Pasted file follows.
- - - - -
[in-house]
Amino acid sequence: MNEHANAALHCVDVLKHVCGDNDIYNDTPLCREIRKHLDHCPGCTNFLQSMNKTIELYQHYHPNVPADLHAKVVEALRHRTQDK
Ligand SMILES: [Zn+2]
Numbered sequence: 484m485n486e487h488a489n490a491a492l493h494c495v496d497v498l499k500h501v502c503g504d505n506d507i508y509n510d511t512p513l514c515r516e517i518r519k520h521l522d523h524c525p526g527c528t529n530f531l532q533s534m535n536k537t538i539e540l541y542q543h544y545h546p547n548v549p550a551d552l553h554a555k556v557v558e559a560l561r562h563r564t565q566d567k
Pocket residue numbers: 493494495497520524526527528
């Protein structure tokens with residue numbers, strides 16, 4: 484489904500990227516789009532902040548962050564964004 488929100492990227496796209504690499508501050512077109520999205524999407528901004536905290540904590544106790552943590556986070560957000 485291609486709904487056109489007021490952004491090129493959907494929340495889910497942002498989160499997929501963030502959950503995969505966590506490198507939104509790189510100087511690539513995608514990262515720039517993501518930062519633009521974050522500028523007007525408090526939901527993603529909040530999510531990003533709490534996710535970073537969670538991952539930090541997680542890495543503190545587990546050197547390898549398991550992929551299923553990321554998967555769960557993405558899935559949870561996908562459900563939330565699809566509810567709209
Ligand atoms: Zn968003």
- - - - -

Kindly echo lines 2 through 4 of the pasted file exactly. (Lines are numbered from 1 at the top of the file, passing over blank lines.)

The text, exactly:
Amino acid sequence: MNEHANAALHCVDVLKHVCGDNDIYNDTPLCREIRKHLDHCPGCTNFLQSMNKTIELYQHYHPNVPADLHAKVVEALRHRTQDK
Ligand SMILES: [Zn+2]
Numbered sequence: 484m485n486e487h488a489n490a491a492l493h494c495v496d497v498l499k500h501v502c503g504d505n506d507i508y509n510d511t512p513l514c515r516e517i518r519k520h521l522d523h524c525p526g527c528t529n530f531l532q533s534m535n536k537t538i539e540l541y542q543h544y545h546p547n548v549p550a551d552l553h554a555k556v557v558e559a560l561r562h563r564t565q566d567k